A sudden drop in cell service, an Internet outage or aggravatingly slow service may be a source of frustration, but the effects of limited broadband stretch beyond these concerns. Spotty cell service can be a safety issue in more remote Summit County neighborhoods, while unreliable Internet can be damaging to local businesses.
With the voter approval of ballot measure 1A in November, the county is exempt from restrictions to creating broadband networks as detailed in Colorado Senate Bill 152. Now, Summit is looking into the specifics of meeting the growing need for connectivity.
“It really is a utility. It’s an essential service. And it’s becoming more critical in our society every day,“ Nate Walowitz, regional broadband coordinator for the Northwest Colorado Council of Governments (NWCCOG) said at a Frisco conference in February.
Assistant county manager Scott Vargo said the county hoped to hire a consulting and engineering firm by April to study and plan for broadband improvements. Areas with little or no service, such as the Lower Blue River Basin, Montezuma and others are considered as high-priority projects.
“Those are a couple of places that are certainly high on the list,” he said. He added the plan would not only encompass those projects, but also bring busy “core areas” upgraded to services on par with resources available in the Front Range.
“We’ll have a roadmap going forward on how to improve those areas,” he said. “They’ll do some engineering work to understand where are the coverage weaknesses we have, what’s required to improve services and if there is one particular location that would work well.”
He added they hoped to have a plan in place for the end of the summer. With the help of a $25,000 Colorado Department of Local Affairs grant, some financing will be in place, at least, for the initial study.
A CRITICAL NEED
Both visitors and locals are put at a disadvantage when service drops — either when cell towers become overloaded due to busy weekend activity or a cable is cut during construction season.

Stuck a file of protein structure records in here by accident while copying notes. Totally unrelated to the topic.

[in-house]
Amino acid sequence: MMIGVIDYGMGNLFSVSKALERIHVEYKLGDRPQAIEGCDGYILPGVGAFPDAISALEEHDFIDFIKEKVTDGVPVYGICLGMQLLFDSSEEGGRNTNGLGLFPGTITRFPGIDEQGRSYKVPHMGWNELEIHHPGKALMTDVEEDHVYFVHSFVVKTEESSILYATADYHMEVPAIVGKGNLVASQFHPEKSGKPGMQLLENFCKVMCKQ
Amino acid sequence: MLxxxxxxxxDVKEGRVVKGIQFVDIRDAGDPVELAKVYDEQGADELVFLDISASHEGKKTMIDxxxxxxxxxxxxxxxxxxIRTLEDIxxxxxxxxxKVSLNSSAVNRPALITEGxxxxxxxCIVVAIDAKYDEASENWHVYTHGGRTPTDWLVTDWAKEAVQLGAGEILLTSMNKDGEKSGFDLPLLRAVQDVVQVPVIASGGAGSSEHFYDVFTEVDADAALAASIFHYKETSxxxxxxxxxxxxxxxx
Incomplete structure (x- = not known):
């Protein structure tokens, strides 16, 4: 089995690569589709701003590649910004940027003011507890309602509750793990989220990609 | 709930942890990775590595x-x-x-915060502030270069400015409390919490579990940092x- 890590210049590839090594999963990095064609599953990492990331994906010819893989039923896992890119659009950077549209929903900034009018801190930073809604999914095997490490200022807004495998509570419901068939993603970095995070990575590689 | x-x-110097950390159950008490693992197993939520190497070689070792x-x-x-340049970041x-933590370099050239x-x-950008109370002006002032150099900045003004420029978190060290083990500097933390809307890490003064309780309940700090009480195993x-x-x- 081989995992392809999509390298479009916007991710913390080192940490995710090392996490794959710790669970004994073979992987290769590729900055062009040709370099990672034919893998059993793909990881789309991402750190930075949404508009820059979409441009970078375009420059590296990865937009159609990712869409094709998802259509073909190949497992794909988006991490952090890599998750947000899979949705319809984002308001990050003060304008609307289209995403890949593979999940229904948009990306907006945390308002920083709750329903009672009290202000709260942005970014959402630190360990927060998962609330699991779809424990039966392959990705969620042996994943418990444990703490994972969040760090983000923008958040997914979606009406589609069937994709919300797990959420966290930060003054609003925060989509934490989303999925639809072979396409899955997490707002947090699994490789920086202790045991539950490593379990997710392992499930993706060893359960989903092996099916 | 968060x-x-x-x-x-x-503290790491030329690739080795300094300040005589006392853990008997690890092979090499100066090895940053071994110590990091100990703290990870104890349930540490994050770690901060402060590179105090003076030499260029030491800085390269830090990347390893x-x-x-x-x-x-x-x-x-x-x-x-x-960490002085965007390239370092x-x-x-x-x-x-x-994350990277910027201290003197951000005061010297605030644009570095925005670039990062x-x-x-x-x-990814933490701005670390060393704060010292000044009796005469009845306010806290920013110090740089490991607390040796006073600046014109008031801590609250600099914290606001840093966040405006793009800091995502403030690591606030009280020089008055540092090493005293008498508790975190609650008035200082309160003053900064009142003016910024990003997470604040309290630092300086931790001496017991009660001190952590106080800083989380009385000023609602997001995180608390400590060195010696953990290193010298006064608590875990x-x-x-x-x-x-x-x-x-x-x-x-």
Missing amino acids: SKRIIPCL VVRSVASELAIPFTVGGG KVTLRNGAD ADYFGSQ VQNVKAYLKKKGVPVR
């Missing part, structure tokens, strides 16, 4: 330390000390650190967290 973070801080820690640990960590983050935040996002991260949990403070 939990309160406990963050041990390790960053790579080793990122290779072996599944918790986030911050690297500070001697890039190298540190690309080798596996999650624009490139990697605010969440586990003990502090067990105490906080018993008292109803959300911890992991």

Last summer, several cuts resulted in sweeping outages across the county. Comcast has since added a new fiber from Vail through Glenwood Springs, allowing Summit County continued service even in the event of a cut.
“When all else fails, public safety needs a network they can use, so first responders can bring resources in,” Walowitz said.
With plans dropped for two AT&T towers in the Lower Blue and Keystone, John Hillman, chair of the Friends of the Lower Blue Safety Committee, noted the dangers in having to drive miles to call for help.
“We desperately need cell service for public safety,” he said in a previous interview. “For about 10 years, we’ve been trying to get cell service in the Lower Blue.”
Vargo noted Summit County’s broadband needs extend as far as education; with more schools using online resources, students without any or enough service at home may be put at a disadvantage.
A year ago, the Federal Communications Commission upgraded the definition of broadband to 25Mbps downstream and 3Mbps upstream.
“There are a limited number of areas where that’s actually available today in Summit County,” Walowitz said. “It’s becoming more and more imperative for folks to at least have some access to broadband at that level or higher. It’s a question of how to we target development, and how do we work in concert with private providers to be able to make these projects affordable and practical?”
According to the “Regional Broadband Strategic Plan” spearheaded by NWCCOG in 2013, some businesses in the area would need wireless speeds of 20-30 Mbps, though some may need upwards of 100Mbps. NWCCOG is looking to update the study to reflect current technology and provide more detail on the region’s needs.
“We like to joke that broadband is Internet access that is faster than whatever you have now,” the study read. “But in some senses, the joke is real.”